When I read the gospel passage for this morning, I am always struck by the fact that John the Baptist has such an amazing perspective on the long-expected Messiah. John clearly understands that Christ is a servant of God, and he, John, is a servant of Jesus. But he also understands that the coming of Jesus will change his life.

It isn’t like John baptized Jesus and Jesus replied “Hey man, thanks for having me.” Like he was a guest who would come and go and that would be it. The thing is that Jesus doesn’t come to us as a guest, he doesn’t enter our lives as a ‘passerby’. When Jesus comes into our hearts, he comes to STAY! “He comes to stay” and that, on some level has to make a difference in our lives. Jesus in our hearts means we become loving, kind, compassionate human beings, that we are transformed into the kind of people Jesus would want to hang out with. Jesus in our hearts mean that we desire to create a world where peace and faith and love are greater than war and doubt and hatred and violence.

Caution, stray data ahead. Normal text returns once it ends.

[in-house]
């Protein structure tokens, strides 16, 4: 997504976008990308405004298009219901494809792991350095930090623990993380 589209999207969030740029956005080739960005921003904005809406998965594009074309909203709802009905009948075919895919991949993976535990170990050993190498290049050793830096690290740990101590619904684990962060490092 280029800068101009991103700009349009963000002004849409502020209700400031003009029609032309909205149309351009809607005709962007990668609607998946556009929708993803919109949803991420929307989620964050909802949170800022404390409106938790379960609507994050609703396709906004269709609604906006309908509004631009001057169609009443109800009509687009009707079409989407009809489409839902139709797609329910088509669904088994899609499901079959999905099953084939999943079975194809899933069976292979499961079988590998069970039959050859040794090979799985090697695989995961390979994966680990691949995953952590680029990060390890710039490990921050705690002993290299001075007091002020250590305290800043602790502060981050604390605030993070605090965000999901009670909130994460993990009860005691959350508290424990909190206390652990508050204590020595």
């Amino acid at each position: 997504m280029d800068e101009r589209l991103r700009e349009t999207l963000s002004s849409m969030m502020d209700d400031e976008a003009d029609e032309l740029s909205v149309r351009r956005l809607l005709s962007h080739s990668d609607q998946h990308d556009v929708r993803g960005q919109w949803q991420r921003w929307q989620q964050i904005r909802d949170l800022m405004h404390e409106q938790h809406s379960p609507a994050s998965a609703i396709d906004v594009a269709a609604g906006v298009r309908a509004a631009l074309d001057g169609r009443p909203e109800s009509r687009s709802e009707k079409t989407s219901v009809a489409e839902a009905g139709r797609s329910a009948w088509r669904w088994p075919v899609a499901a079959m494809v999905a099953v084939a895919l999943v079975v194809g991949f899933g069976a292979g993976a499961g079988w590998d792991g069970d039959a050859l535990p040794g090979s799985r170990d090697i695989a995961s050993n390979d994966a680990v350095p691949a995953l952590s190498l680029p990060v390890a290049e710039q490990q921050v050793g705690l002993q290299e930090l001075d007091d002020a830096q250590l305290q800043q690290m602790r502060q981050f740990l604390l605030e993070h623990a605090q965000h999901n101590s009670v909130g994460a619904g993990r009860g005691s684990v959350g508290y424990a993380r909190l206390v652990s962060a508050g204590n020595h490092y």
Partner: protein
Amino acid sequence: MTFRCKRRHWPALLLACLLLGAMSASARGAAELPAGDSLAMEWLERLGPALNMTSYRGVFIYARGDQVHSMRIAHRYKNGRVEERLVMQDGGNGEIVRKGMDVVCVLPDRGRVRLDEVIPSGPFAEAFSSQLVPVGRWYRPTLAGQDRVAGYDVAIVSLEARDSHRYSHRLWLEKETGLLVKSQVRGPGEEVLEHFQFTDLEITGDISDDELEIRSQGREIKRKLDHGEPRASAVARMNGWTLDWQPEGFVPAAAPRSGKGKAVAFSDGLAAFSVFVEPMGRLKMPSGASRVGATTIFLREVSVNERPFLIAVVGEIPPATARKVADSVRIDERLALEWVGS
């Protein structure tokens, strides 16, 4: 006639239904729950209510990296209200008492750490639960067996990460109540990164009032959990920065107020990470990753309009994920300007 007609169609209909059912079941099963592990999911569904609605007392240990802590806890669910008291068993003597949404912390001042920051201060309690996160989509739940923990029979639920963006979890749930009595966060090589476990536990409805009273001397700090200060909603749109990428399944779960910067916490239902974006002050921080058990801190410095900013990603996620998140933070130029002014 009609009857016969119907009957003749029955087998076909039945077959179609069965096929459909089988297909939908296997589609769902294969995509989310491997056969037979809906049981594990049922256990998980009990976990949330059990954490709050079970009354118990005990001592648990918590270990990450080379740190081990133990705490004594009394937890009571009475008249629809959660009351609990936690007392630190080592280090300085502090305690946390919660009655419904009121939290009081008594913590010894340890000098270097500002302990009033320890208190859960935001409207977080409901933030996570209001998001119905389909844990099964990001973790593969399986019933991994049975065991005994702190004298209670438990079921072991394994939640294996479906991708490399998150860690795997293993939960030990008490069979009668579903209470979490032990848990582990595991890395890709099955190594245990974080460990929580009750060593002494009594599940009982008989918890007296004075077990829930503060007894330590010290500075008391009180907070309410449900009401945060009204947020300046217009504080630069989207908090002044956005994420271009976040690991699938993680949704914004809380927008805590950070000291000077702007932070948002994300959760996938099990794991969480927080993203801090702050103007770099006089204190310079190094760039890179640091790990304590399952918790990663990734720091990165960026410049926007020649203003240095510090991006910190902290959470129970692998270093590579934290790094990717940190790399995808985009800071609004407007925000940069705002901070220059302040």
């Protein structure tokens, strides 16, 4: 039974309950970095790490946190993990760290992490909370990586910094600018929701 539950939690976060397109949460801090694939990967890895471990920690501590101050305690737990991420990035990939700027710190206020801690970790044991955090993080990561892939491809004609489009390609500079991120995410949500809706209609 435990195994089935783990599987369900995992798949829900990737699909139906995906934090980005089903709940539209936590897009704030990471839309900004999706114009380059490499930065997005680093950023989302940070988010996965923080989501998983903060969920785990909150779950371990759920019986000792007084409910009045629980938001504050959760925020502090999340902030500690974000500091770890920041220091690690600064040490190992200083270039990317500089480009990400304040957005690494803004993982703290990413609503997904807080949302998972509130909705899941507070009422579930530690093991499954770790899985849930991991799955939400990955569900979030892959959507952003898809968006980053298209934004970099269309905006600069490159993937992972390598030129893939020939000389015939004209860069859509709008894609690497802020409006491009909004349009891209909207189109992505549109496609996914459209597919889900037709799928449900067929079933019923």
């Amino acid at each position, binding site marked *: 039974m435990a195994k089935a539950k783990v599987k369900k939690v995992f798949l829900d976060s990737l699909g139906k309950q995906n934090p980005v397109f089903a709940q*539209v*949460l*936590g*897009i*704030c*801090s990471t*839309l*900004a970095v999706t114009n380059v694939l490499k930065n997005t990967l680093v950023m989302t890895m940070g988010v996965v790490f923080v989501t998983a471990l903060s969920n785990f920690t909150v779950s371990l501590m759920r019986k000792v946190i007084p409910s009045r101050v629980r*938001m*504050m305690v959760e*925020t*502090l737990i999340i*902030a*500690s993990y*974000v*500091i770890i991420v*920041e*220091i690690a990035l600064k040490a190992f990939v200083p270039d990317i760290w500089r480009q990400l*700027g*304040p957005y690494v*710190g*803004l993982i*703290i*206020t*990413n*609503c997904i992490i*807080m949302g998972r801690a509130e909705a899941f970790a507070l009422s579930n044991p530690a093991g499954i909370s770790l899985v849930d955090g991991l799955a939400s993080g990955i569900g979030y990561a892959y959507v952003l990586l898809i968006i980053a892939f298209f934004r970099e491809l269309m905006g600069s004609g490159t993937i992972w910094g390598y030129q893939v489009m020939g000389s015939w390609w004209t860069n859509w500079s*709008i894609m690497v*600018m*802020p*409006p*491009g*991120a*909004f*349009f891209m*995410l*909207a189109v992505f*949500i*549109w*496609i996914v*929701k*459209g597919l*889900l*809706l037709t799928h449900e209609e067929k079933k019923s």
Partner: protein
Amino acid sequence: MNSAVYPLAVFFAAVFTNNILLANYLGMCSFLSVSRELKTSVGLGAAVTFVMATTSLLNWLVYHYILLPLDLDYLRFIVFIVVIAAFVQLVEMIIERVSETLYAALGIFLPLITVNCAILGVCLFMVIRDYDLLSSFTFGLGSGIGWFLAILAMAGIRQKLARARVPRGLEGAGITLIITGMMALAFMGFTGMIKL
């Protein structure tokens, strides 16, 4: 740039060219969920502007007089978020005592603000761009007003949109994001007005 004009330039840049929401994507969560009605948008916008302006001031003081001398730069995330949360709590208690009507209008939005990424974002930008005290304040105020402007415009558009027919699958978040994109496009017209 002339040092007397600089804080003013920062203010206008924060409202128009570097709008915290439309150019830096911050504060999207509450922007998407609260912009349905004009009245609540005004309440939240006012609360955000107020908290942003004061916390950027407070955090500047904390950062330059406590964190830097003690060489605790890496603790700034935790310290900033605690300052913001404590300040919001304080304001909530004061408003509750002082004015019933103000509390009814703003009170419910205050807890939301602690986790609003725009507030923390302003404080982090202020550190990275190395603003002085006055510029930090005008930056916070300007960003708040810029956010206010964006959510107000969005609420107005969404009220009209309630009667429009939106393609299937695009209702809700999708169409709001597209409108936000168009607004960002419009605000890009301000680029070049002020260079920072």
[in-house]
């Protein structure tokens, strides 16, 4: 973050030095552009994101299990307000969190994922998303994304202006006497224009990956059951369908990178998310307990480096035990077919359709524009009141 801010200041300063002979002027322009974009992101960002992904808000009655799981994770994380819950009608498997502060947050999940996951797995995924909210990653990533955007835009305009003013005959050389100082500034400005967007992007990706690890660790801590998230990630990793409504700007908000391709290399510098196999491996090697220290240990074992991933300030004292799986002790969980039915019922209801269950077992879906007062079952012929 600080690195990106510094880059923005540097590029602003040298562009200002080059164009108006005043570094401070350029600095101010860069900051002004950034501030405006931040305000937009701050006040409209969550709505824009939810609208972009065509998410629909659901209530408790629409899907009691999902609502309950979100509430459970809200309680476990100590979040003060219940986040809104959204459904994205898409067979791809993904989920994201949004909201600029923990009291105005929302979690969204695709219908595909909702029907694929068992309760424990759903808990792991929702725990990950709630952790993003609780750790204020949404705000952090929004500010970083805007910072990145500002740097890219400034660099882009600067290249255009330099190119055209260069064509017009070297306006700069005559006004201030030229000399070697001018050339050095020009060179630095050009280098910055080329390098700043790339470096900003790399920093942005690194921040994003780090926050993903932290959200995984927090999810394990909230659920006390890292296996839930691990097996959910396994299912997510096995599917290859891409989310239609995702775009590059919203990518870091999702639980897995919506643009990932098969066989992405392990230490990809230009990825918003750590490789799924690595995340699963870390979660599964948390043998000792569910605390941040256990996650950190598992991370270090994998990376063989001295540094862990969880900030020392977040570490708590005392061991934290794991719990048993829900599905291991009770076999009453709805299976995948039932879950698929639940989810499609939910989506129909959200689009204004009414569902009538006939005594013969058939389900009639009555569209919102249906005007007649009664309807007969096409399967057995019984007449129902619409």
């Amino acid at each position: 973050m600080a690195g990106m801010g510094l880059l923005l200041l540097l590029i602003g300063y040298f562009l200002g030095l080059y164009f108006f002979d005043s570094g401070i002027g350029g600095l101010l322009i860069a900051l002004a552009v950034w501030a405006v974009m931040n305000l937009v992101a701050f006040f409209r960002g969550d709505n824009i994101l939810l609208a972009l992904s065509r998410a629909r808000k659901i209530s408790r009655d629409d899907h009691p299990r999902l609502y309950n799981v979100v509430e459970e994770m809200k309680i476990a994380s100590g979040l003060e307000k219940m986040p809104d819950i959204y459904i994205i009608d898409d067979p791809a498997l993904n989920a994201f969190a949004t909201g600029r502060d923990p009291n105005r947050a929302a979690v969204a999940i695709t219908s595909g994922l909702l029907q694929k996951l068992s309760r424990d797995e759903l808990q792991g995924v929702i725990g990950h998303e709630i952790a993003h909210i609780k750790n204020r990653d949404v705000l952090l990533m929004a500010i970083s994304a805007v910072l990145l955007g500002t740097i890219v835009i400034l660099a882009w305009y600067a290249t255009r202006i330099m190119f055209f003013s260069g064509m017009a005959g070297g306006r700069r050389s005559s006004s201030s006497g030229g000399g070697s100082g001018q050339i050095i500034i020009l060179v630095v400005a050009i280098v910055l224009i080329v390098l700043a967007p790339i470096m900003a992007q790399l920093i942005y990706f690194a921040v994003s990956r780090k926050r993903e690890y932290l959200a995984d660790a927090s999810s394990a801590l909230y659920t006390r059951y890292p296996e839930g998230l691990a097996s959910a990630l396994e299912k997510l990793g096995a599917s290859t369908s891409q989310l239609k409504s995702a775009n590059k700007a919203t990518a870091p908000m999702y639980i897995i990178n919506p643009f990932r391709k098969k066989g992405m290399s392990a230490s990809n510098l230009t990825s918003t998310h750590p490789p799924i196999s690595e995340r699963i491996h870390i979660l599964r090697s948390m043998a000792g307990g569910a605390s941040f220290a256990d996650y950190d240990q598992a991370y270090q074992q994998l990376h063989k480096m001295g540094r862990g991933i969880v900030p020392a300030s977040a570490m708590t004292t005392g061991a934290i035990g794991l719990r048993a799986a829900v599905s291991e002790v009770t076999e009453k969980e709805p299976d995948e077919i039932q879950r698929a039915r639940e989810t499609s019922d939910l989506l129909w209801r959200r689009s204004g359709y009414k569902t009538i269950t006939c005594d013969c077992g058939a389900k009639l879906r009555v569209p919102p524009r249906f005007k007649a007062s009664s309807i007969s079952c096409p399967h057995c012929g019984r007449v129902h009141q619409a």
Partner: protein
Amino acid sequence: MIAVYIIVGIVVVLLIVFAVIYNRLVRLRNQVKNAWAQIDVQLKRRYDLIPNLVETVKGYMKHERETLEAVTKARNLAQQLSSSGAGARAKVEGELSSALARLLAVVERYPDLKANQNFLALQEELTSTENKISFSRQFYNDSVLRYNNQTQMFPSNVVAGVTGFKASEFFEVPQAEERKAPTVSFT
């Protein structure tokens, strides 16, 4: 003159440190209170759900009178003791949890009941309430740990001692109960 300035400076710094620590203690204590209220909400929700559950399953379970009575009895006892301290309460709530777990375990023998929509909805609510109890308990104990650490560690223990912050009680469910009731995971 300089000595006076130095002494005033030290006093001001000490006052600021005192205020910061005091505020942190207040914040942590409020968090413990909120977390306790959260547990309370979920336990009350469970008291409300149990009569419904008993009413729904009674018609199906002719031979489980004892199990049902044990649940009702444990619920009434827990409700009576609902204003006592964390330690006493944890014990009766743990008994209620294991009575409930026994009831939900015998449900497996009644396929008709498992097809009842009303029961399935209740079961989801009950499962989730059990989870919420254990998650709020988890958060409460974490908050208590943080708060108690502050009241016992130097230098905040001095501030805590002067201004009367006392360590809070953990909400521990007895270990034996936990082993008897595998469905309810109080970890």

But how do we do that? How can we possibly change the world that much, or even our own little corner of it that profoundly? We see people and congregations that are much more theologically conservative than most mainline churches are. They proclaim loudly that Jesus is Lord. Jesus is the Savior, and at the same time, they declare those who believe differently to be sinful and useless unless we believe exactly as they do. Many of them claim that we are without value and worth, but I go back to my old Sunday school hymn: “Jesus Loves me, This is know!”

One of the things that is impressing me about the Federated congregation is that you have a broad spectrum of theological belief and biblical understanding, BUT, you treat each other with respect. You extend your hearts, your compassion, your care to those with whom you may disagree, just as generously as you provide love and kindness to those who believe as you do. It is a marvelous and wondrous thing that God’s children can live together here in harmony and peace and respect.